Beyoncé and Solange Knowles are notoriously private with their personal lives, but in an inspiring interview with Interview Magazine, the superstars open up about what it means to be a sister, a woman, and an artist.
The sisters are one of three sibling pairs in history to have #1 albums. Fresh off the high that is A Seat At The Table, Solange answers Beyoncé’s questions about learning to trust herself, not being afraid to ask for what she wants, and growing up with a megastar as a big sister.
Here are 9 moving quotes from the Solange and Beyoncé Knowles interview.
After interviewing my mother and father for A Seat At The Table, it feels like full circle to have chosen my sister to interview me for @InterviewMag. Spoke about womanism, growing up in a hair salon, and choosing between "I could fall in love" and "No Me Queda Mas". It is one of my favorites to date.
1. Controlling your image:
“Our mother always taught us to be in control of our voice and our bodies and our work.”
2. Taking credit for your work:
“I remember Björk saying that she felt like, no matter what stage in her career, if a man is credited on something that she’s done, he’s going to get the credit for it. And, unfortunately, that still rings true. It’s something I’ve learned so much about from you, getting to be in control of your own narrative.”
3. On family:
“And I went into this hole, trying to work through some of these things so that I could be a better me and be a better mom to Julez and be a better wife and a better friend and a better sister. Which is a huge part of why I wanted you to interview me for this piece. Because the album really feels like storytelling for us all and our family and our lineage.”
4. Creating your own path:
“You and I were raised being told not to take the first thing that came our way, to build our own platforms, our own spaces, if they weren’t available to us.”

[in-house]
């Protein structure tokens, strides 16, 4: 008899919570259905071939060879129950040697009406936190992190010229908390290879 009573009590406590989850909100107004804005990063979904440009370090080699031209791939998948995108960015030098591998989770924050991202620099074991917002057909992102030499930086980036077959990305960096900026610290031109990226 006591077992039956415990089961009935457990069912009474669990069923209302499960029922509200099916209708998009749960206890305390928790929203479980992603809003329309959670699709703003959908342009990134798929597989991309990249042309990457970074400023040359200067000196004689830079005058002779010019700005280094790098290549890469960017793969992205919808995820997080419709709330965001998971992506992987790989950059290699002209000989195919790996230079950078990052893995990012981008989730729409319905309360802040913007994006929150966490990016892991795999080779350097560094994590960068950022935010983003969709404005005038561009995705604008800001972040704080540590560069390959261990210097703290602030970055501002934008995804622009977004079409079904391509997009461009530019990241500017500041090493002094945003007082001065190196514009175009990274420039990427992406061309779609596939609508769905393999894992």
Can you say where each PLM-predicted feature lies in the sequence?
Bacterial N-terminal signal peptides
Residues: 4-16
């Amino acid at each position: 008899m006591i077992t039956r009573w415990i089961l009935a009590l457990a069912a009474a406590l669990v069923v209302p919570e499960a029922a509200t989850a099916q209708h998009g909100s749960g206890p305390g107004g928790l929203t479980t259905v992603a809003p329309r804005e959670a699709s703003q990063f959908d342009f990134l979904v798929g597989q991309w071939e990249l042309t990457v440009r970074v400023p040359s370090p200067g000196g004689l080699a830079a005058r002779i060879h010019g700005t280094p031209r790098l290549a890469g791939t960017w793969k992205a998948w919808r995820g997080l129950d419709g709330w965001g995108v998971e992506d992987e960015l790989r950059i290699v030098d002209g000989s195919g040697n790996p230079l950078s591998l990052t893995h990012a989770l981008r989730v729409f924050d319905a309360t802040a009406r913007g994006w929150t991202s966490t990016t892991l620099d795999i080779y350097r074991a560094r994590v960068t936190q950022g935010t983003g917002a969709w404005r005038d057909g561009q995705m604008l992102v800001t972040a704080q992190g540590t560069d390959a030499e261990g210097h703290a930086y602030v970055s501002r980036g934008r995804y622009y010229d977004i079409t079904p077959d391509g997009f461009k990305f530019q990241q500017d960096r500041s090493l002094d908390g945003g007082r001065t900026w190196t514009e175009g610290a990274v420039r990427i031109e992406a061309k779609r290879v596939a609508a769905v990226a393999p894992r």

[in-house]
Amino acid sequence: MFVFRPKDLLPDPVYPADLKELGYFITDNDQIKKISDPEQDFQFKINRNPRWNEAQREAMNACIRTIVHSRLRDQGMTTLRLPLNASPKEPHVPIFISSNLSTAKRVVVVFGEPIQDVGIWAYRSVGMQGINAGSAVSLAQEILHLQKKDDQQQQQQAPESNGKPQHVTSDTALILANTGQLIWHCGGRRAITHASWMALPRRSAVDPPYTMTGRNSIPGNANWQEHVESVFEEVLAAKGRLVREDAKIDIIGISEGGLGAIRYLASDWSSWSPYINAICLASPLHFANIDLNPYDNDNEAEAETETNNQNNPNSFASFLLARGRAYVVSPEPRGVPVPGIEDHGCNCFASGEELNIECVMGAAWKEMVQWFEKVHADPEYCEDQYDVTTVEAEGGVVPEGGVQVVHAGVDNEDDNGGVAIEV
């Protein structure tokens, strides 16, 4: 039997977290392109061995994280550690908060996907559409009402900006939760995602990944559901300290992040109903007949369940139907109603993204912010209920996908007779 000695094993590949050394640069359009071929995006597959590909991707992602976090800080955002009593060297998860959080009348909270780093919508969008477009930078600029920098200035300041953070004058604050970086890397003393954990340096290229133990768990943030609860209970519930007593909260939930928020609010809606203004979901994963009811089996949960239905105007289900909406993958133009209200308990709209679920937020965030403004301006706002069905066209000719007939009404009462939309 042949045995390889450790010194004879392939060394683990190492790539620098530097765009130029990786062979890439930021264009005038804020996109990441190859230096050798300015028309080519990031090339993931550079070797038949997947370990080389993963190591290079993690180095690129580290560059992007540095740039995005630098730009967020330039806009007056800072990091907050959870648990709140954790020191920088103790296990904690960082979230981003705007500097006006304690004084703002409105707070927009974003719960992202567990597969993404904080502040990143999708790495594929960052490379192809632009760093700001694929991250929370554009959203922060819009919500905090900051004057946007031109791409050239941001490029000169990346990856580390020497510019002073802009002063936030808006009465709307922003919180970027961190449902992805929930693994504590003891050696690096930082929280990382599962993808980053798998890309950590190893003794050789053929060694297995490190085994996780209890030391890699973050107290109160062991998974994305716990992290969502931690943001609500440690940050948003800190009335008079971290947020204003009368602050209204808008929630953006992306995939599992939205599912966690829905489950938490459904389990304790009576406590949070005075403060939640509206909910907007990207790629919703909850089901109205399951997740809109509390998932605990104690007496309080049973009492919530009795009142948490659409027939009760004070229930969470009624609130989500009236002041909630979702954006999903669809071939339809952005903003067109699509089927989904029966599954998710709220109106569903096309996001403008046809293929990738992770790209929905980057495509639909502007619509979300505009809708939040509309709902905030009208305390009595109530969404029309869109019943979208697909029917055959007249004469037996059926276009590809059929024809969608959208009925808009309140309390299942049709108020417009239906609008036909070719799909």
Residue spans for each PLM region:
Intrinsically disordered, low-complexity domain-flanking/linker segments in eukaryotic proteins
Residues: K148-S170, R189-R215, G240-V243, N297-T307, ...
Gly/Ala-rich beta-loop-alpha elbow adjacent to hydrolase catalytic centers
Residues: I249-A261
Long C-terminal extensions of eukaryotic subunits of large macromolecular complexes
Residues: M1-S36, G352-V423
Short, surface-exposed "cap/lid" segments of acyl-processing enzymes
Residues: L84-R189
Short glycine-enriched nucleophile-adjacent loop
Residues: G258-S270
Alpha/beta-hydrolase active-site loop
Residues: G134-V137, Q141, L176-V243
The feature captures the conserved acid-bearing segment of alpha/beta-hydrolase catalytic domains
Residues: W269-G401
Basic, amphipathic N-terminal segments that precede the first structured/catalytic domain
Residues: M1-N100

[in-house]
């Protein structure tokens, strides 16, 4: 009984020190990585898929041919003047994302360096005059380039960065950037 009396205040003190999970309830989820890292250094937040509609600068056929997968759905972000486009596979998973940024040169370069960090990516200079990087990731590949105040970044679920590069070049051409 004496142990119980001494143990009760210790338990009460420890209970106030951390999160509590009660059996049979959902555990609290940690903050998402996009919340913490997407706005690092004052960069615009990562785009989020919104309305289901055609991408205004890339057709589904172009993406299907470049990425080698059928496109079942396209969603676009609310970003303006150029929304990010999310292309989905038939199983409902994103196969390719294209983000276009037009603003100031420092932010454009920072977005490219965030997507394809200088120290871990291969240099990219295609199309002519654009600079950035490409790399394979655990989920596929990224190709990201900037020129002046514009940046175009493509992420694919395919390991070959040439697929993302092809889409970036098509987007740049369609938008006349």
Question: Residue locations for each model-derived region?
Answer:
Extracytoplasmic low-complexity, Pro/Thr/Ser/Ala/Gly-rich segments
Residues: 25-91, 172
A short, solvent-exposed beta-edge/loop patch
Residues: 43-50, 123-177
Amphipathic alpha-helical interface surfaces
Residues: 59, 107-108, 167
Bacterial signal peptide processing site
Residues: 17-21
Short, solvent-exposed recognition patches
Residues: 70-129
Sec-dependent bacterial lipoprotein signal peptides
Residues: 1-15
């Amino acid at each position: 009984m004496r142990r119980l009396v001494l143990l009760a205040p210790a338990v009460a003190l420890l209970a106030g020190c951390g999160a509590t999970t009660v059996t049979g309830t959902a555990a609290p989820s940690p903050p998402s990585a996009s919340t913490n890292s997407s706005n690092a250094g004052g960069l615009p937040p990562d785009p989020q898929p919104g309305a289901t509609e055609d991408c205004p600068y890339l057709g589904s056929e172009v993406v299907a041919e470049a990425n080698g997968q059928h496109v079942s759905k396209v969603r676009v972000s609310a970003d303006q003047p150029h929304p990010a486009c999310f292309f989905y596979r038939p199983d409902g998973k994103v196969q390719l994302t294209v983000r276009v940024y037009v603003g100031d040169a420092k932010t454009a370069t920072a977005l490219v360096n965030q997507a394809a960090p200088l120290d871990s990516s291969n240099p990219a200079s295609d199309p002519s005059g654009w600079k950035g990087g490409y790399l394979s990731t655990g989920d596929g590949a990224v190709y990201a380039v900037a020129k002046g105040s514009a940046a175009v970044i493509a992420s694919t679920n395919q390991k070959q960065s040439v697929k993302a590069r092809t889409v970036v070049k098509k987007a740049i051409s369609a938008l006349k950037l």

5. Using your voice to tell your story:
“On my previous records, I contributed to production here and there, but I was always really afraid to really get in there and… I guess I wasn’t really afraid, I was just really comfortable writing the songs. I felt like my contributions as a producer were enough. But when I started to work on the sonics for this record, I realized that I had to create such a very specific sonic landscape in telling the story. I had these jam sessions, and there were holes that no one else could really fill for me.”
6. Her reward for all of her hard work:
“The biggest reward that I could ever get is seeing women, especially black women, talk about what this album has done, the solace it has given them.”
7. How she presents herself:
“I do have—and I’m unafraid to say it—a very distinctive, clear vision of how I want to present myself and my body and my voice and my perspective. And who better to really tell that story than yourself?”
8. On womanism:
“I feel so happy that I got to grow up in a place where you could be the pastor’s wife, you could be a lawyer, you could be a stripper on the side, you could be a schoolteacher—we saw every kind of woman connect on one common experience, which was that everyone wanted to be great and everyone wanted to do better. And we really became womanist because of that. And that’s the thing that I carry with me the most, being able to go out into the world and connect with women of all kinds.”
9. What it was like growing up with Beyoncé:
BEYONCÉ: “And, honestly, growing up, how did I do as a big sister?”
SOLANGE: “You did a kickass job. You were the most patient, loving, wonderful sister ever. In the 30 years that we’ve been together, I think we’ve only really, like, butted heads … we can count on one hand.”
BEYONCÉ: “I was expecting something funny, but I’ll take it. Thank you.”
Make sure you read the full interview here.